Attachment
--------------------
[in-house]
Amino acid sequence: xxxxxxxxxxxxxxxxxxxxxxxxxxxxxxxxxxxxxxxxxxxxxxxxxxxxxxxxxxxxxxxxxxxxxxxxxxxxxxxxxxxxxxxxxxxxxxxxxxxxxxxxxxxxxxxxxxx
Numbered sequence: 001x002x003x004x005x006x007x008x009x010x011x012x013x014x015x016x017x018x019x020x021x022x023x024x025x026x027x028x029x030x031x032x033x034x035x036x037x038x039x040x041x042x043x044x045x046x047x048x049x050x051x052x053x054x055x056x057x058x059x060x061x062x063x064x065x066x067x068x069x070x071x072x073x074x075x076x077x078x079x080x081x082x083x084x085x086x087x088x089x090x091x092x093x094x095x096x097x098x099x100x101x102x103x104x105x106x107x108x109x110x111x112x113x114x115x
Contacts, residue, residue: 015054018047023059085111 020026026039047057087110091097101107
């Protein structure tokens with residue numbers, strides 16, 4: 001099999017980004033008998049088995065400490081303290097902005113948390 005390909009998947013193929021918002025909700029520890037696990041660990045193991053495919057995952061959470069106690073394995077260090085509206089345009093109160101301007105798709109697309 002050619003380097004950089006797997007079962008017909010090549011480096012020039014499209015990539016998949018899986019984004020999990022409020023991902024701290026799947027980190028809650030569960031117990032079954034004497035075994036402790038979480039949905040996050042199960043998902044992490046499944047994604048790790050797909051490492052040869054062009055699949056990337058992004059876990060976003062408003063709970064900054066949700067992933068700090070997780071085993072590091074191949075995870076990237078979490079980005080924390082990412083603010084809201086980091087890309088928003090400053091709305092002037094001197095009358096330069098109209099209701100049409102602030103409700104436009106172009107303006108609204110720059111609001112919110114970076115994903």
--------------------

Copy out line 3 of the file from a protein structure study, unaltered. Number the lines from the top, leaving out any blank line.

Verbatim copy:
Numbered sequence: 001x002x003x004x005x006x007x008x009x010x011x012x013x014x015x016x017x018x019x020x021x022x023x024x025x026x027x028x029x030x031x032x033x034x035x036x037x038x039x040x041x042x043x044x045x046x047x048x049x050x051x052x053x054x055x056x057x058x059x060x061x062x063x064x065x066x067x068x069x070x071x072x073x074x075x076x077x078x079x080x081x082x083x084x085x086x087x088x089x090x091x092x093x094x095x096x097x098x099x100x101x102x103x104x105x106x107x108x109x110x111x112x113x114x115x